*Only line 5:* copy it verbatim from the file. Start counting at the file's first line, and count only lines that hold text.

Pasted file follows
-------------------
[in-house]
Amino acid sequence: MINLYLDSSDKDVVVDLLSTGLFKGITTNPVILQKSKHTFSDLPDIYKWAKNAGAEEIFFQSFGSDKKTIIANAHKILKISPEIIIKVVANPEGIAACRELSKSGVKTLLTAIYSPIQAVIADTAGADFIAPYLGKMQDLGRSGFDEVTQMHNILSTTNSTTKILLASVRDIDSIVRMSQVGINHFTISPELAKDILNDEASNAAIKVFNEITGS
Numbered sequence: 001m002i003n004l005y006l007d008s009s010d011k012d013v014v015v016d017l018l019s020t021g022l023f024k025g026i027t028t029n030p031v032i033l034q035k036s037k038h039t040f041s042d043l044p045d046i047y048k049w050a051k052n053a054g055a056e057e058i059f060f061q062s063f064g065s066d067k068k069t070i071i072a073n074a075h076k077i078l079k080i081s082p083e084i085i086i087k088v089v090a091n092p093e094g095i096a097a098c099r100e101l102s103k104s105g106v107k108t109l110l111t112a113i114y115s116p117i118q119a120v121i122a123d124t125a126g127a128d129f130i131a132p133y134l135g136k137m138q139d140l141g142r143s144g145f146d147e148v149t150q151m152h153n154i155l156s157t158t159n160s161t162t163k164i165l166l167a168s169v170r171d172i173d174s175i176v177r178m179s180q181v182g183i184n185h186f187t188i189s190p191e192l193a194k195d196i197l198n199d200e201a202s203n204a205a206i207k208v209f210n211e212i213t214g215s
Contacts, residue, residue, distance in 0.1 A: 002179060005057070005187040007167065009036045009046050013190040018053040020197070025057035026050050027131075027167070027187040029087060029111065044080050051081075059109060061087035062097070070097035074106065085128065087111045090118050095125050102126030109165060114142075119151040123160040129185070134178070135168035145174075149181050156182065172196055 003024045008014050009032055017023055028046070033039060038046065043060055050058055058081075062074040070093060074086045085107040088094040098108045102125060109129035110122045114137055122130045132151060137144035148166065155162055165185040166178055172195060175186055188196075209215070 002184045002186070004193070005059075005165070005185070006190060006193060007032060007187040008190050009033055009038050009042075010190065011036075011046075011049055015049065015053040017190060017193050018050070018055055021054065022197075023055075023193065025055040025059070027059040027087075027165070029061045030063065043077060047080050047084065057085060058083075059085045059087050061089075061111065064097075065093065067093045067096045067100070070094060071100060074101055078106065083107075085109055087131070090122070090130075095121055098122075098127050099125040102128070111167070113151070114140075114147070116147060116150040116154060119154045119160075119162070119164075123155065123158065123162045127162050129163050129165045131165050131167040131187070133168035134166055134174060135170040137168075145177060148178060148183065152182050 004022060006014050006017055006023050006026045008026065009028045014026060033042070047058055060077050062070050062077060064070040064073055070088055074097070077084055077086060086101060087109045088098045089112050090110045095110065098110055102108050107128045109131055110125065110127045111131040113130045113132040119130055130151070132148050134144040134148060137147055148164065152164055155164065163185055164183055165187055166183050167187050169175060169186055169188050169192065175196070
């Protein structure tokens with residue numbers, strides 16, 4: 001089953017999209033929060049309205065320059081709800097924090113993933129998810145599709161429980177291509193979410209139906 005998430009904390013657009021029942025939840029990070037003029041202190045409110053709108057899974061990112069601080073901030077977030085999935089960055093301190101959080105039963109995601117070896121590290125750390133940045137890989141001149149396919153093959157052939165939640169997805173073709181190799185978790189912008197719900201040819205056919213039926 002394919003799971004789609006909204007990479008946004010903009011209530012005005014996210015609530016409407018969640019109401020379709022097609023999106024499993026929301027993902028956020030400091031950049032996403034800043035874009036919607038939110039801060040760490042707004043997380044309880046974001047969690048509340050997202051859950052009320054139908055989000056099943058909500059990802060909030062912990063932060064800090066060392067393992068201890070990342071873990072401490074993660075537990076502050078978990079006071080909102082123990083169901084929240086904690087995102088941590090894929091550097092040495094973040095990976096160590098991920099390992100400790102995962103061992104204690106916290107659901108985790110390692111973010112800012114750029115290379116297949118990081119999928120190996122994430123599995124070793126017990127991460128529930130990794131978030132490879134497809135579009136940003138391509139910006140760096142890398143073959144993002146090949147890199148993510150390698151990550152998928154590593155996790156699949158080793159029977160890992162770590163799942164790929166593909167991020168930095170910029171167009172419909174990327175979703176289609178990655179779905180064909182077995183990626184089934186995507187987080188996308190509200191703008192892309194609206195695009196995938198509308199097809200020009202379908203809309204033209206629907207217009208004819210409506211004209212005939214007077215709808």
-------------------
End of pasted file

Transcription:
């Protein structure tokens with residue numbers, strides 16, 4: 001089953017999209033929060049309205065320059081709800097924090113993933129998810145599709161429980177291509193979410209139906 005998430009904390013657009021029942025939840029990070037003029041202190045409110053709108057899974061990112069601080073901030077977030085999935089960055093301190101959080105039963109995601117070896121590290125750390133940045137890989141001149149396919153093959157052939165939640169997805173073709181190799185978790189912008197719900201040819205056919213039926 002394919003799971004789609006909204007990479008946004010903009011209530012005005014996210015609530016409407018969640019109401020379709022097609023999106024499993026929301027993902028956020030400091031950049032996403034800043035874009036919607038939110039801060040760490042707004043997380044309880046974001047969690048509340050997202051859950052009320054139908055989000056099943058909500059990802060909030062912990063932060064800090066060392067393992068201890070990342071873990072401490074993660075537990076502050078978990079006071080909102082123990083169901084929240086904690087995102088941590090894929091550097092040495094973040095990976096160590098991920099390992100400790102995962103061992104204690106916290107659901108985790110390692111973010112800012114750029115290379116297949118990081119999928120190996122994430123599995124070793126017990127991460128529930130990794131978030132490879134497809135579009136940003138391509139910006140760096142890398143073959144993002146090949147890199148993510150390698151990550152998928154590593155996790156699949158080793159029977160890992162770590163799942164790929166593909167991020168930095170910029171167009172419909174990327175979703176289609178990655179779905180064909182077995183990626184089934186995507187987080188996308190509200191703008192892309194609206195695009196995938198509308199097809200020009202379908203809309204033209206629907207217009208004819210409506211004209212005939214007077215709808």